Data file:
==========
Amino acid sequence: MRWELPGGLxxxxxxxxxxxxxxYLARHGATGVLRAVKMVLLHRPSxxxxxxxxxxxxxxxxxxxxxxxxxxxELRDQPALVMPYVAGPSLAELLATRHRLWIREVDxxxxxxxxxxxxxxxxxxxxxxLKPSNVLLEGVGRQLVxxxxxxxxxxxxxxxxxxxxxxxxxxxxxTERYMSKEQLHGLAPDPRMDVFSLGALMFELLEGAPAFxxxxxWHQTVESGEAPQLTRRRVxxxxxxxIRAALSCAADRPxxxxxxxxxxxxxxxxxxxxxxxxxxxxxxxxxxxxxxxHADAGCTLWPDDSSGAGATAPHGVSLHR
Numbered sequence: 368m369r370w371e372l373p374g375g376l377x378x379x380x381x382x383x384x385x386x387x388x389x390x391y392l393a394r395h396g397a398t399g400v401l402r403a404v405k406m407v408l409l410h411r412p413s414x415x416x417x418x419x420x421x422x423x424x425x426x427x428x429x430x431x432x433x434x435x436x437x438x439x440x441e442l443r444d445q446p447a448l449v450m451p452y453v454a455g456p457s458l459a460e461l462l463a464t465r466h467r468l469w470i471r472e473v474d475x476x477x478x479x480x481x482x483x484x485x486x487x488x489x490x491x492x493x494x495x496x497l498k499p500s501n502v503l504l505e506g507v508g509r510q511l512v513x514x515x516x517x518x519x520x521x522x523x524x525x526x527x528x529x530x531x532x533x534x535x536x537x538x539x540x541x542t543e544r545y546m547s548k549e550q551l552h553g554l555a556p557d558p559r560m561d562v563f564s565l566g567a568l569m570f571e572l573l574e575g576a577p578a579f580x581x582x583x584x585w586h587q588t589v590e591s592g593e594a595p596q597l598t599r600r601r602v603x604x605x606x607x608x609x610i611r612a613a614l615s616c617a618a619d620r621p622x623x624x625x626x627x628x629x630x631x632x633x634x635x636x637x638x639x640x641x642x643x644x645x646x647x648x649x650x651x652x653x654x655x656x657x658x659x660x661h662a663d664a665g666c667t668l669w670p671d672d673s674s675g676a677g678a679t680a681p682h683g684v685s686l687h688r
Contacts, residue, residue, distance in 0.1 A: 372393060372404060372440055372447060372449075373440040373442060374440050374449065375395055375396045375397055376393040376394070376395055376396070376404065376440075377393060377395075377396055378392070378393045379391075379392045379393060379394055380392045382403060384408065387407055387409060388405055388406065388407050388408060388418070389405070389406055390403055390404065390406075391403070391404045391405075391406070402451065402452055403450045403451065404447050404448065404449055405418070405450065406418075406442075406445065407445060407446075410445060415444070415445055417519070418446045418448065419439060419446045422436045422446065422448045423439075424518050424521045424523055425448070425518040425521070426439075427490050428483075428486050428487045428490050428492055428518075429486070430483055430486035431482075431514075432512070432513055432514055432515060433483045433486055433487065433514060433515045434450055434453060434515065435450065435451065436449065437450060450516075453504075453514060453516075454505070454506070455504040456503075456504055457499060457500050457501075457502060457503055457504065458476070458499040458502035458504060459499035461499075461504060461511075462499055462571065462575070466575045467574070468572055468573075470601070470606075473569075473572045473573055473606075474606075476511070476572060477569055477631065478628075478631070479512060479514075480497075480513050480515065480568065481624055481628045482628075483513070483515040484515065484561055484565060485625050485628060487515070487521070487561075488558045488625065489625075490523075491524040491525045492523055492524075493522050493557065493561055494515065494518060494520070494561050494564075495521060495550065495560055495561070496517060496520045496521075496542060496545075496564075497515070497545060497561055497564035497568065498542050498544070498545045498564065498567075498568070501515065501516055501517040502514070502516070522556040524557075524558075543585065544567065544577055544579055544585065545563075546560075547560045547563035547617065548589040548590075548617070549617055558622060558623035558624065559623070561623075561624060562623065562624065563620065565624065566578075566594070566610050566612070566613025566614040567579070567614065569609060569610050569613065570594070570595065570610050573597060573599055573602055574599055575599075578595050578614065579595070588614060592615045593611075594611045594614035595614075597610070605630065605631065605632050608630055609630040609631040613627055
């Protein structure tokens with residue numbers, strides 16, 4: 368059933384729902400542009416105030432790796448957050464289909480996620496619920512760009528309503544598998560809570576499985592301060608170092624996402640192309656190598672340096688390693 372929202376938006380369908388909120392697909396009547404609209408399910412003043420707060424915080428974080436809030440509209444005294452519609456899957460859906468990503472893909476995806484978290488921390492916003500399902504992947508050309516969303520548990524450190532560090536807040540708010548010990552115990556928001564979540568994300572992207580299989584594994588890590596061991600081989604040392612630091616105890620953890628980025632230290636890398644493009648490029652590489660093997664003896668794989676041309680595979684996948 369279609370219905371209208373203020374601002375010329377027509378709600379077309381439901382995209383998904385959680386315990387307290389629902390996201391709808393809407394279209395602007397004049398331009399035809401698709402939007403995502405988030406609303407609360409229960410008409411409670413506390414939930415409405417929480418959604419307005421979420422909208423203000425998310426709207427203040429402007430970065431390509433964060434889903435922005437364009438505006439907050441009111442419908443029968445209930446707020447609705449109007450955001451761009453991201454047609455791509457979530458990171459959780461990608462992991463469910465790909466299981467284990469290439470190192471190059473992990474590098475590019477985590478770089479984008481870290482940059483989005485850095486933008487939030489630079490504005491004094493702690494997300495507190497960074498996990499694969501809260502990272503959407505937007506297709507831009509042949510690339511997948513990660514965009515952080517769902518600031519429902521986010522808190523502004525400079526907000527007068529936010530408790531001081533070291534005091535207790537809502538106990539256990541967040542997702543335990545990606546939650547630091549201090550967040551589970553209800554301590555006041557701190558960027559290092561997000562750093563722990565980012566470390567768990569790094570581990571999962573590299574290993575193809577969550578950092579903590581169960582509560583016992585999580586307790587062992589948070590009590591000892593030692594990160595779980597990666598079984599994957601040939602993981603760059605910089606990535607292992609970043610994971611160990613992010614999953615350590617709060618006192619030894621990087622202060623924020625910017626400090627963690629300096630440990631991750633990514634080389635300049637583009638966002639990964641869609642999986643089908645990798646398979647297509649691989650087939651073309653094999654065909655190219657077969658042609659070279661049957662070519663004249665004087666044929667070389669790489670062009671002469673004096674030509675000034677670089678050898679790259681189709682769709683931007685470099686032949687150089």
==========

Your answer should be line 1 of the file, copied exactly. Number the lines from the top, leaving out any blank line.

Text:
Amino acid sequence: MRWELPGGLxxxxxxxxxxxxxxYLARHGATGVLRAVKMVLLHRPSxxxxxxxxxxxxxxxxxxxxxxxxxxxELRDQPALVMPYVAGPSLAELLATRHRLWIREVDxxxxxxxxxxxxxxxxxxxxxxLKPSNVLLEGVGRQLVxxxxxxxxxxxxxxxxxxxxxxxxxxxxxTERYMSKEQLHGLAPDPRMDVFSLGALMFELLEGAPAFxxxxxWHQTVESGEAPQLTRRRVxxxxxxxIRAALSCAADRPxxxxxxxxxxxxxxxxxxxxxxxxxxxxxxxxxxxxxxxHADAGCTLWPDDSSGAGATAPHGVSLHR